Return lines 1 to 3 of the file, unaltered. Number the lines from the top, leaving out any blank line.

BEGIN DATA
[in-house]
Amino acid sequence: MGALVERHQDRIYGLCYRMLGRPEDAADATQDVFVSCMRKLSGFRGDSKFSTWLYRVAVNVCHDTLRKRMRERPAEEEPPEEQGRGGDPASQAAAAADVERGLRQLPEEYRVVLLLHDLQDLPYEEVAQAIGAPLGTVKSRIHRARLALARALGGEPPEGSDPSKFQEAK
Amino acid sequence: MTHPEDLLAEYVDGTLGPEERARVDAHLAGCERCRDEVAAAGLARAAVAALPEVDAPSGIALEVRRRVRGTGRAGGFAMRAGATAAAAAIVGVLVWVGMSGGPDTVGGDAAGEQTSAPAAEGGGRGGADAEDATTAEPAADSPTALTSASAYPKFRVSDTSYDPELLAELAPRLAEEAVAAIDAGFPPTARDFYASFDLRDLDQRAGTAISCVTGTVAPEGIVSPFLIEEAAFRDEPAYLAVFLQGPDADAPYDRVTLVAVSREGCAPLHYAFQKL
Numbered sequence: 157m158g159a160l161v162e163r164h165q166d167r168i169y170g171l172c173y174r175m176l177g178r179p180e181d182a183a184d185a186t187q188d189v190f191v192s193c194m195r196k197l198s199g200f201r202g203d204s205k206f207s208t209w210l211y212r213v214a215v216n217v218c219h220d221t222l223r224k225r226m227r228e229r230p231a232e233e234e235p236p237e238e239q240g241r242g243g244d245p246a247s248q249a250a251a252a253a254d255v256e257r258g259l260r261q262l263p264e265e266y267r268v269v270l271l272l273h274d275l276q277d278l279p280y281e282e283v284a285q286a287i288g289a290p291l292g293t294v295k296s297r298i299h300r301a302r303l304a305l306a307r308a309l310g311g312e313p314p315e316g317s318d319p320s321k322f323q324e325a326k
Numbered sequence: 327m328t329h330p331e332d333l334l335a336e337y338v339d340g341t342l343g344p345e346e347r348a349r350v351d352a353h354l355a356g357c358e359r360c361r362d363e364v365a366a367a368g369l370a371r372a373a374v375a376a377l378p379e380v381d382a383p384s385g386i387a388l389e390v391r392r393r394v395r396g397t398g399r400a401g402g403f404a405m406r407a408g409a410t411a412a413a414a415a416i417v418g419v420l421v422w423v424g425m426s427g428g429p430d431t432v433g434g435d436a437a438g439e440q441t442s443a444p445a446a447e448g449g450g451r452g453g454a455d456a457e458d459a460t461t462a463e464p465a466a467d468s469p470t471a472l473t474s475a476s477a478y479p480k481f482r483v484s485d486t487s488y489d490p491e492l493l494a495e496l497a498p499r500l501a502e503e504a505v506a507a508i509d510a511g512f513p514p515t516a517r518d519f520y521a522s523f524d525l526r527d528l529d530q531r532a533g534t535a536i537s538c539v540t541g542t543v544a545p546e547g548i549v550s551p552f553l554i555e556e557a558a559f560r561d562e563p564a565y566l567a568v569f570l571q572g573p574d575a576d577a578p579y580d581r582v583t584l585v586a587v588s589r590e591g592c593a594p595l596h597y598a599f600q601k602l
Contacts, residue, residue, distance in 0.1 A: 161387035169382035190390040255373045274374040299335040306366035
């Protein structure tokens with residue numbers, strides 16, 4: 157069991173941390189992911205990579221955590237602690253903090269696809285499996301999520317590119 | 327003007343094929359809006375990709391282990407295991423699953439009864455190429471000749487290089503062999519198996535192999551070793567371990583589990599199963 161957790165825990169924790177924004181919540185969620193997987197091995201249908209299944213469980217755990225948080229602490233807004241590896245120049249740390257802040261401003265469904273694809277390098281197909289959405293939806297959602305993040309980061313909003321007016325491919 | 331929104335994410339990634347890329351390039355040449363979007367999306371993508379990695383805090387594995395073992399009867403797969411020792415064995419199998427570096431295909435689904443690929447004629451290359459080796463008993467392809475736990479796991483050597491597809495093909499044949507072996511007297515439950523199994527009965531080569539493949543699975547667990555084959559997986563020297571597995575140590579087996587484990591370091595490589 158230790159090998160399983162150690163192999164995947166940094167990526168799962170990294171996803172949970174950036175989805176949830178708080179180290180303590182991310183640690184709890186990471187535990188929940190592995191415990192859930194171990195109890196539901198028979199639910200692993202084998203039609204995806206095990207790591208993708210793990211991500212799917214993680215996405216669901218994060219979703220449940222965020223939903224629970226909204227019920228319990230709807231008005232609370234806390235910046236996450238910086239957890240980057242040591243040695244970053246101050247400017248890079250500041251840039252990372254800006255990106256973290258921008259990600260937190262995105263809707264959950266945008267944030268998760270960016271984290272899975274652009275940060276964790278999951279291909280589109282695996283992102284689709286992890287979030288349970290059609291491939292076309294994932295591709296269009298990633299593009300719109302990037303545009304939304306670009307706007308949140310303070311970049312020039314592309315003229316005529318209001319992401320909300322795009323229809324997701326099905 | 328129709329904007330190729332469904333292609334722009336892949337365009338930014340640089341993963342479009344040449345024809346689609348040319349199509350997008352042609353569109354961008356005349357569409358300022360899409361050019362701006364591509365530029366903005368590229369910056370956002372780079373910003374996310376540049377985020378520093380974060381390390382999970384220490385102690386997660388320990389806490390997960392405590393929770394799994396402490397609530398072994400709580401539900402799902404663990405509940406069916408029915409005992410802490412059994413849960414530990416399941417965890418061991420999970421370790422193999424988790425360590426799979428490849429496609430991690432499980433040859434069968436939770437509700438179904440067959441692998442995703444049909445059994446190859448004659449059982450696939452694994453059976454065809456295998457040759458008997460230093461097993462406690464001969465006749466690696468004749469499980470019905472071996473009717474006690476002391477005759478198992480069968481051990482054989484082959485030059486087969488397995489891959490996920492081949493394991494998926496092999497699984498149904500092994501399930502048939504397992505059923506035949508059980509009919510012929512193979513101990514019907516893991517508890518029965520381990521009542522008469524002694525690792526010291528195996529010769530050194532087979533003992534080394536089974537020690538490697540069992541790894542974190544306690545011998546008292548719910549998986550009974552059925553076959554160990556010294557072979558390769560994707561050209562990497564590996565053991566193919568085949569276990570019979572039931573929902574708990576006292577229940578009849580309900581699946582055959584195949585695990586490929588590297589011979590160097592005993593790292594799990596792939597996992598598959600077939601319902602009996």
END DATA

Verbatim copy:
[in-house]
Amino acid sequence: MGALVERHQDRIYGLCYRMLGRPEDAADATQDVFVSCMRKLSGFRGDSKFSTWLYRVAVNVCHDTLRKRMRERPAEEEPPEEQGRGGDPASQAAAAADVERGLRQLPEEYRVVLLLHDLQDLPYEEVAQAIGAPLGTVKSRIHRARLALARALGGEPPEGSDPSKFQEAK
Amino acid sequence: MTHPEDLLAEYVDGTLGPEERARVDAHLAGCERCRDEVAAAGLARAAVAALPEVDAPSGIALEVRRRVRGTGRAGGFAMRAGATAAAAAIVGVLVWVGMSGGPDTVGGDAAGEQTSAPAAEGGGRGGADAEDATTAEPAADSPTALTSASAYPKFRVSDTSYDPELLAELAPRLAEEAVAAIDAGFPPTARDFYASFDLRDLDQRAGTAISCVTGTVAPEGIVSPFLIEEAAFRDEPAYLAVFLQGPDADAPYDRVTLVAVSREGCAPLHYAFQKL